Aboriginal women from Alice Springs will converge at Ross River Resort from this Sunday for a Straight Talk gathering that aims to give them a stronger voice and strengthen their skills to bring positive changes to their communities.
The event, from Sunday 10 November to Tuesday 12 November, is one of a number of regional gatherings throughout the country aimed at developing Aboriginal and Torres Strait Islander women’s skills to make positive changes through learning how to engage with the political system.
Oxfam Australia’s Aboriginal and Torres Strait Islander People’s Program Manager Karrina Nolan said Straight Talk, now in its fifth year, had worked with more than 350 Aboriginal and Torres Strait Islander women from throughout the country.
She said that as well as teaching women how they can better access their political representatives, Straight Talk provided an opportunity for Aboriginal and Torres Strait Islander women to exchange ideas, knowledge and experiences with each other and work together to develop strategies to address common issues.
“Straight Talk has come from a belief that our Aboriginal and Torres Strait Islander sisters around the country must be a part of the politics that impacts our daily lives,” Ms Nolan said.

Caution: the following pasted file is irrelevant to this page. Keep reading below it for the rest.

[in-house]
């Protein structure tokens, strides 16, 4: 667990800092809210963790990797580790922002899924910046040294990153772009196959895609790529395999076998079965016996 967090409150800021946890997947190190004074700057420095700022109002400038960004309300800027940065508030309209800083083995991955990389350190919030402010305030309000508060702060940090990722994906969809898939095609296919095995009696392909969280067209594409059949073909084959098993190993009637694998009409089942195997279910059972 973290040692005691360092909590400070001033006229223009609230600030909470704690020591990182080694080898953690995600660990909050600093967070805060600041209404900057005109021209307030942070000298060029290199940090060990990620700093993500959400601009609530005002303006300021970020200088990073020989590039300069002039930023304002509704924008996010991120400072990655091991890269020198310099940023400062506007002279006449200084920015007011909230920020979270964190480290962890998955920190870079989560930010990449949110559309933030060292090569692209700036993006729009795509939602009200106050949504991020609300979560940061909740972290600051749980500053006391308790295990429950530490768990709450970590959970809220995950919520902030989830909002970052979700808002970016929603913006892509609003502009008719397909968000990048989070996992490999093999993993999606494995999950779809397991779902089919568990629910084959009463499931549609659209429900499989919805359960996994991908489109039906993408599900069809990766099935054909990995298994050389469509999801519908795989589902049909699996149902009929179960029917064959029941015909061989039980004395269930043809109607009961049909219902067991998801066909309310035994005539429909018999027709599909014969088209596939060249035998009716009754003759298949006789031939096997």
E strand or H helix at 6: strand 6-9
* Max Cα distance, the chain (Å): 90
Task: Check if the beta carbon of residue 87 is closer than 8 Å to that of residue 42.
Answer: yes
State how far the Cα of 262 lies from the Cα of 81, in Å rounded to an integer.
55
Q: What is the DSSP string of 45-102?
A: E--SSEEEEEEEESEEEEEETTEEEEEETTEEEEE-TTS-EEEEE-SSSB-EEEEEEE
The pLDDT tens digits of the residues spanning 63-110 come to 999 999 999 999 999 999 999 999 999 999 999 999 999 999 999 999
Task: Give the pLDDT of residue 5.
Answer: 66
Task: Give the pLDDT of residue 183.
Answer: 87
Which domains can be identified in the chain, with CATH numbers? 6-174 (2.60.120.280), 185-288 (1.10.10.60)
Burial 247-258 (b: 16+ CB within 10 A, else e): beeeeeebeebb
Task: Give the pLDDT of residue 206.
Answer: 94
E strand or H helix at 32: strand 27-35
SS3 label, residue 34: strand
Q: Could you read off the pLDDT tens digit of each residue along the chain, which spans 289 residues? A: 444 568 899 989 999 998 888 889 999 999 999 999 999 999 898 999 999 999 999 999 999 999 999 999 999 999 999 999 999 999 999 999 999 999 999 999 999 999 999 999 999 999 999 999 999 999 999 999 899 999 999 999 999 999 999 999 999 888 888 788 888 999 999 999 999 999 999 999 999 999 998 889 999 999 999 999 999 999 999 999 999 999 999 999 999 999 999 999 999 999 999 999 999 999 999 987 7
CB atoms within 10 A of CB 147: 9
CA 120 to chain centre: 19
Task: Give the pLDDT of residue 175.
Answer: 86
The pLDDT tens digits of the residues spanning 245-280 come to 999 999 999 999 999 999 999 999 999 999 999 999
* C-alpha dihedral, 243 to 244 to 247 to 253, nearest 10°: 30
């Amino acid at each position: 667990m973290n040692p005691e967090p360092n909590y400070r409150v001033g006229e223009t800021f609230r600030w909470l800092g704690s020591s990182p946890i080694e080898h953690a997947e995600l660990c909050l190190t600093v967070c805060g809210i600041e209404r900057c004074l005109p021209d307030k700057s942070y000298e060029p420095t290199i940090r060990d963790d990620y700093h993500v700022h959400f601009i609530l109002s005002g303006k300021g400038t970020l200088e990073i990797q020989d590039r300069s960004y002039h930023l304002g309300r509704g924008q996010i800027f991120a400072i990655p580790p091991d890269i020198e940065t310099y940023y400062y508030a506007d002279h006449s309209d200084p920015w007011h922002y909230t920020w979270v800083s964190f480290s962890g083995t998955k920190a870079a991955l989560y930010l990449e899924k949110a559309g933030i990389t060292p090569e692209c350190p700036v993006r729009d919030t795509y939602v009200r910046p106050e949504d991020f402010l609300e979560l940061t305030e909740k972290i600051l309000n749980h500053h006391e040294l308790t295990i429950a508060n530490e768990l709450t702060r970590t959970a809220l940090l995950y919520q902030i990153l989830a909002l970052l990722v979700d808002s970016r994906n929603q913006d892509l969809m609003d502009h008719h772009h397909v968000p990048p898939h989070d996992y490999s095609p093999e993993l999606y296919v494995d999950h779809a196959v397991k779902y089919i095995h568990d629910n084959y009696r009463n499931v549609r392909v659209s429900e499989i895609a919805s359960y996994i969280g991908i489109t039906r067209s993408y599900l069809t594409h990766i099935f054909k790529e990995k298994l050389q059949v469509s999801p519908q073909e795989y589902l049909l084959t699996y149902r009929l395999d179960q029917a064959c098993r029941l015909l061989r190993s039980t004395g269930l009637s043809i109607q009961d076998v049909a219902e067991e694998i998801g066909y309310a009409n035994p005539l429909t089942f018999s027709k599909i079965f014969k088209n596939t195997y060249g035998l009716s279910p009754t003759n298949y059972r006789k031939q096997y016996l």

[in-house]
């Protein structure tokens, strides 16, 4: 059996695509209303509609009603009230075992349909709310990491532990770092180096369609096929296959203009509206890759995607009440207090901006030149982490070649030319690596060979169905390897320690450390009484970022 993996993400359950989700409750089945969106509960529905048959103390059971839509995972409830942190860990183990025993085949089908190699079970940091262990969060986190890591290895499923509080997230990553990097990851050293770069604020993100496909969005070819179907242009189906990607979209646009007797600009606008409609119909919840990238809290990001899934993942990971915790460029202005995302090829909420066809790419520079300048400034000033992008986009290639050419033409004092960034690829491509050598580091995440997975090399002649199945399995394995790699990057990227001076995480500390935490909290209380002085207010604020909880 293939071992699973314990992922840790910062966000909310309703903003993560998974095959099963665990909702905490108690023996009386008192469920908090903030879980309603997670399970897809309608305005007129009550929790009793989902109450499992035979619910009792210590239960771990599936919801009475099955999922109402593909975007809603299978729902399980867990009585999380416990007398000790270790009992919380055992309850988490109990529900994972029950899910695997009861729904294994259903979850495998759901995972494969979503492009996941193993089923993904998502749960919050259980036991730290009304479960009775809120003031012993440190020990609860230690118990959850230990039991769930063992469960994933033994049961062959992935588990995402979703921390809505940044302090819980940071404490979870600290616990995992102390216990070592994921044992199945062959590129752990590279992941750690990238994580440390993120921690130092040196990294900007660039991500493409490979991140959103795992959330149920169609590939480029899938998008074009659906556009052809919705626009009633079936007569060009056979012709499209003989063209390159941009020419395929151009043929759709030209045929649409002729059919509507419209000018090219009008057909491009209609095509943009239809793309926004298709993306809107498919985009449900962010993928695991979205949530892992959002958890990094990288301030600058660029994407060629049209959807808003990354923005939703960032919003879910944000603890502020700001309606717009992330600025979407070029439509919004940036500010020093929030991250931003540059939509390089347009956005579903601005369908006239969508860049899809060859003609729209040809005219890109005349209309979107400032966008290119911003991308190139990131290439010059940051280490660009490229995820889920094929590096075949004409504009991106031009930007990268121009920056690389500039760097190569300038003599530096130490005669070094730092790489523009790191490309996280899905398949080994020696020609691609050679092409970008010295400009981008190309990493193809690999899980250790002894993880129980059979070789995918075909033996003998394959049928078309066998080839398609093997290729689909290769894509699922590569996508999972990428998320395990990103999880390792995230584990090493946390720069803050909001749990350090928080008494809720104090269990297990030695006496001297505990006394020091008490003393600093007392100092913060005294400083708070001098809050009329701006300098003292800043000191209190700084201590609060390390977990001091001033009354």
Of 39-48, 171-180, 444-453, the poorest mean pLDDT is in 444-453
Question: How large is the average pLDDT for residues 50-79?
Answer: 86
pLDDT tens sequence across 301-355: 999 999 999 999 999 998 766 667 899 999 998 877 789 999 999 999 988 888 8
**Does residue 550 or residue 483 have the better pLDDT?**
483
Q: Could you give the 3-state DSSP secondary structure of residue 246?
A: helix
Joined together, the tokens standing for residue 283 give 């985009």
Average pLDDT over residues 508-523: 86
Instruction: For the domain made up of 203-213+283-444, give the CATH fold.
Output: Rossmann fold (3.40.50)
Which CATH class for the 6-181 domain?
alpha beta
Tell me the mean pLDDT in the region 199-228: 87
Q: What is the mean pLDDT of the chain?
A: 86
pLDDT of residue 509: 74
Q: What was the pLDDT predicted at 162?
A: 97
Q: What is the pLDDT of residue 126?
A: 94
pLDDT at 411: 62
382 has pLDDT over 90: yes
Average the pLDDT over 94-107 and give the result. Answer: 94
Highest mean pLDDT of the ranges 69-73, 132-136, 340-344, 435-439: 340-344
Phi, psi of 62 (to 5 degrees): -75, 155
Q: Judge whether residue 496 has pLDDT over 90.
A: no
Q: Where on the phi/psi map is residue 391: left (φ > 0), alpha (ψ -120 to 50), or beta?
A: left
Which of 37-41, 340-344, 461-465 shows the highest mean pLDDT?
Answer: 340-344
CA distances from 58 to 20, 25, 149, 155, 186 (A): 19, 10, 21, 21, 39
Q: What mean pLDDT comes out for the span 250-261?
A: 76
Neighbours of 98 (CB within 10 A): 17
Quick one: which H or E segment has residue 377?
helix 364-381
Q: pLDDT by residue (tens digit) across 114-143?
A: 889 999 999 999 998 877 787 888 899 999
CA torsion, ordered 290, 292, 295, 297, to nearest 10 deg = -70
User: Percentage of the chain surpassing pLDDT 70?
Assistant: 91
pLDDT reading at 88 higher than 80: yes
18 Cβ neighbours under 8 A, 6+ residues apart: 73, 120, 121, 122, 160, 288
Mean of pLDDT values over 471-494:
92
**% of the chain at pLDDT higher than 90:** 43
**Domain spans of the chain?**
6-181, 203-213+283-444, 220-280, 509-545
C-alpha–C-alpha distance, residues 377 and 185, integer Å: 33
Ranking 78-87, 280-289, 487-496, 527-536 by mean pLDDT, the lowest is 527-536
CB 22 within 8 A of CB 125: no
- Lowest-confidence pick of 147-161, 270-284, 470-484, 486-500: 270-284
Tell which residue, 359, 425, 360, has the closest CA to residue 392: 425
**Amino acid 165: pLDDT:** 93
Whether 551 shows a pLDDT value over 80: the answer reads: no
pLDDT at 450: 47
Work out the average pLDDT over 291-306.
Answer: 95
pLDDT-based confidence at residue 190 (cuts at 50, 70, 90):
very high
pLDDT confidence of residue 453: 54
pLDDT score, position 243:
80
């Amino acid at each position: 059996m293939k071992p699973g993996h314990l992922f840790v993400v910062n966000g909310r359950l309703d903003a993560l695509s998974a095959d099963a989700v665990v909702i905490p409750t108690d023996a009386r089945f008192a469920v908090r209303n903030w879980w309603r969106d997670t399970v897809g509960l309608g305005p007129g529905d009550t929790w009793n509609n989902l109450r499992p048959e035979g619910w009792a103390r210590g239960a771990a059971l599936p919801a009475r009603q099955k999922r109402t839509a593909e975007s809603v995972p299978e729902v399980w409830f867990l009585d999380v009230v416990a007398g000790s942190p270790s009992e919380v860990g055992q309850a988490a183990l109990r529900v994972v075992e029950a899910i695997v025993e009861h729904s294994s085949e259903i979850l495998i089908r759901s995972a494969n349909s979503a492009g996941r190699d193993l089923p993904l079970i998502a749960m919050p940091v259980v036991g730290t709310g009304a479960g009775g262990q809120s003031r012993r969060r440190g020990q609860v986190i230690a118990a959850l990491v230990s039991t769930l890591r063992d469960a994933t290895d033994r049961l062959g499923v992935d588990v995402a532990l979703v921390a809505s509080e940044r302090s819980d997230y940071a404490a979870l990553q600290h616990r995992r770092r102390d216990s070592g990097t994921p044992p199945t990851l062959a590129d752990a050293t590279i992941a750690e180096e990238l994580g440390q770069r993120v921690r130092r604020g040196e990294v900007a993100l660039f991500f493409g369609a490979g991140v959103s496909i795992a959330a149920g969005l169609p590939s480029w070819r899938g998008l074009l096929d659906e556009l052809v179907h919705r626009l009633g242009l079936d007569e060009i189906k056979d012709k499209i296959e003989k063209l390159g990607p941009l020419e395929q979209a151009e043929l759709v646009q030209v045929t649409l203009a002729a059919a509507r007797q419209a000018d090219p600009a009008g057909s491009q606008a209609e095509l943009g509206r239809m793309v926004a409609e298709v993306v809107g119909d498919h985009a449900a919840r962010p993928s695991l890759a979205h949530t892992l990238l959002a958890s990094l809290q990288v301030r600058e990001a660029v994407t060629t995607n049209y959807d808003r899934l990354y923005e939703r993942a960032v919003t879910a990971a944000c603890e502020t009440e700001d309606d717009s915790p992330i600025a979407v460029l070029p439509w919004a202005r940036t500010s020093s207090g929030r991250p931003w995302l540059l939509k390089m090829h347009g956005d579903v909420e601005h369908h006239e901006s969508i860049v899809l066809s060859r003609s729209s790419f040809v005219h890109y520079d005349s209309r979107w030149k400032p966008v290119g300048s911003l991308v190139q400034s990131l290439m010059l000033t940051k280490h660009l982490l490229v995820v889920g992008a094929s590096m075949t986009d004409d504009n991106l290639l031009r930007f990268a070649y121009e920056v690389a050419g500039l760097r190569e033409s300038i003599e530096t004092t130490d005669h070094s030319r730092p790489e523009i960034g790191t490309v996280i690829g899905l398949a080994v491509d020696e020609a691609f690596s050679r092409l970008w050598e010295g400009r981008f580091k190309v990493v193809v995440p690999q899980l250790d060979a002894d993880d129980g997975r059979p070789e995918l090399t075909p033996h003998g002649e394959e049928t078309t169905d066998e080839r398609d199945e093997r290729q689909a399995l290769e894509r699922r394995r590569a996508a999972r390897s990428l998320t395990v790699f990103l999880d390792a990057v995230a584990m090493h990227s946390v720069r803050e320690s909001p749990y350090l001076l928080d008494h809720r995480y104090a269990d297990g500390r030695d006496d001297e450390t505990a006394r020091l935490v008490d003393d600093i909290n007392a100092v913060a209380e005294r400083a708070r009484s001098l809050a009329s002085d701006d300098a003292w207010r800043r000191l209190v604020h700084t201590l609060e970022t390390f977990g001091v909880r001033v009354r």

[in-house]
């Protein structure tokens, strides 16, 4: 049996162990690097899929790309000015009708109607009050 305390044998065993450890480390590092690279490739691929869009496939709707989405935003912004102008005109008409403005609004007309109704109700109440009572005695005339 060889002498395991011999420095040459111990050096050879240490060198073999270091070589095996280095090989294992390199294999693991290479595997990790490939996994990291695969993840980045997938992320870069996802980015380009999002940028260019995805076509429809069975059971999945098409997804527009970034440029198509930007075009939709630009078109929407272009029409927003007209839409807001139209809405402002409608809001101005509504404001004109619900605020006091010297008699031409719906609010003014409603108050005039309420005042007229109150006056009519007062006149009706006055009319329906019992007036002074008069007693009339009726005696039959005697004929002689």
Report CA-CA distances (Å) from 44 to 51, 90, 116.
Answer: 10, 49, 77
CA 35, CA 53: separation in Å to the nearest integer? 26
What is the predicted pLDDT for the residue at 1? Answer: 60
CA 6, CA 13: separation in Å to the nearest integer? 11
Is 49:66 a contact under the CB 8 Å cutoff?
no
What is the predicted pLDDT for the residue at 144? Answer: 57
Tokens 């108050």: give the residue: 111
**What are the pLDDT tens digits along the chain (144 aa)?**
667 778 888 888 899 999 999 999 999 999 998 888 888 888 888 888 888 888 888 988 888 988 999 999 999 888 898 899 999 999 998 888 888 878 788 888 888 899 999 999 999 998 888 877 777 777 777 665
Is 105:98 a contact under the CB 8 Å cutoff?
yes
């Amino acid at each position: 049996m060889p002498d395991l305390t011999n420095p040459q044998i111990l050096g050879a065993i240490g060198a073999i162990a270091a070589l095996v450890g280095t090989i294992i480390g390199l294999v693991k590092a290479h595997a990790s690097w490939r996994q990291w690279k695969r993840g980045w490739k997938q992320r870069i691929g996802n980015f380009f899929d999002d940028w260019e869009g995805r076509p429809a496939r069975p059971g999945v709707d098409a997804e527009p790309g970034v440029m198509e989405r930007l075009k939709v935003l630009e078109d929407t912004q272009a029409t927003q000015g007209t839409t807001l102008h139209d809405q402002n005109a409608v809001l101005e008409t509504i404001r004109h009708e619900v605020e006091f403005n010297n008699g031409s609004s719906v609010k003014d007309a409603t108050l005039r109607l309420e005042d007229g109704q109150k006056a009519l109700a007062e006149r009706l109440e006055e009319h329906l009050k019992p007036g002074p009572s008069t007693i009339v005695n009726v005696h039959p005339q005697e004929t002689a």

“It comes from a commitment to engage, support, empower and skill our mob to put forward the solutions and ideas we already have to solve our own problems. It’s critical that we have a strong voice in the decisions that affect our lives.”
On Monday, the 28 participants also will hear about ‘women making change’ from Heather Kamarra Shearer, who has worked for more than 35 years in the Stolen Generations movement, and Barbara Shaw, a founder of the Intervention Rollback Action Group and the Prescribed Area People’s Alliance.
Alice Springs participant, sexual health program coordinator Donna Lemon, who also attended a Straight Talk summit in Canberra in June, said she was looking forward to a ‘healing opportunity for a lot of people’ at the gathering next week.
A single mother, Ms Lemon took the decision to give up alcohol four months ago so she could be healthier for her children’s sake.
“Straight Talk teaches you how to speak up, and how to do it strategically,” Ms Lemon said.
“There’s a difference between doing the right thing and doing things right – Straight Talk teaches about both.
“It will give the women confidence and boost their self-esteem, and provide an opportunity for them to explore their issues as a collective.”
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